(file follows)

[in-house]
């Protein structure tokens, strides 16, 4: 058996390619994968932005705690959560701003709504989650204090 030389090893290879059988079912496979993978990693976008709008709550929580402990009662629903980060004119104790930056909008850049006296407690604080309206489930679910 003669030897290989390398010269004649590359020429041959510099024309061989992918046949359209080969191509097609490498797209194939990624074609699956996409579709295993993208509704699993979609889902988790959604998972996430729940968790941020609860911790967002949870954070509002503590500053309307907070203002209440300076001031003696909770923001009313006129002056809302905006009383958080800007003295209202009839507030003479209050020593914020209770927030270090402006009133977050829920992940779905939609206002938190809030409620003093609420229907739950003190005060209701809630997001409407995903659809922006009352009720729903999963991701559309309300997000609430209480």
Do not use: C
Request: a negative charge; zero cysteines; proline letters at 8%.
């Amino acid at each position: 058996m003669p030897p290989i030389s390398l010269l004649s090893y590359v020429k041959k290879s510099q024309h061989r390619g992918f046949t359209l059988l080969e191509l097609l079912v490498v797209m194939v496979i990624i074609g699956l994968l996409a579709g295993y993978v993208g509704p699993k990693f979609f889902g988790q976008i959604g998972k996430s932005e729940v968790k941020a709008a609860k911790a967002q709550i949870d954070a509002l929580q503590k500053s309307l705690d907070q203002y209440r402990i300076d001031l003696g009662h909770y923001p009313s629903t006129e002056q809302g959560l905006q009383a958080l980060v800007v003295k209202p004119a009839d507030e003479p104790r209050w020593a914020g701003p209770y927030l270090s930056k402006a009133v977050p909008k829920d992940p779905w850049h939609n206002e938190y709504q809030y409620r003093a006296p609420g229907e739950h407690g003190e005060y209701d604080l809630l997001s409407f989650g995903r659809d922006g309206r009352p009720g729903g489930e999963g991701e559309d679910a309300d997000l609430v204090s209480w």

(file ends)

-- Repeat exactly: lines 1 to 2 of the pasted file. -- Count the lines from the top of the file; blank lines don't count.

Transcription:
[in-house]
């Protein structure tokens, strides 16, 4: 058996390619994968932005705690959560701003709504989650204090 030389090893290879059988079912496979993978990693976008709008709550929580402990009662629903980060004119104790930056909008850049006296407690604080309206489930679910 003669030897290989390398010269004649590359020429041959510099024309061989992918046949359209080969191509097609490498797209194939990624074609699956996409579709295993993208509704699993979609889902988790959604998972996430729940968790941020609860911790967002949870954070509002503590500053309307907070203002209440300076001031003696909770923001009313006129002056809302905006009383958080800007003295209202009839507030003479209050020593914020209770927030270090402006009133977050829920992940779905939609206002938190809030409620003093609420229907739950003190005060209701809630997001409407995903659809922006009352009720729903999963991701559309309300997000609430209480």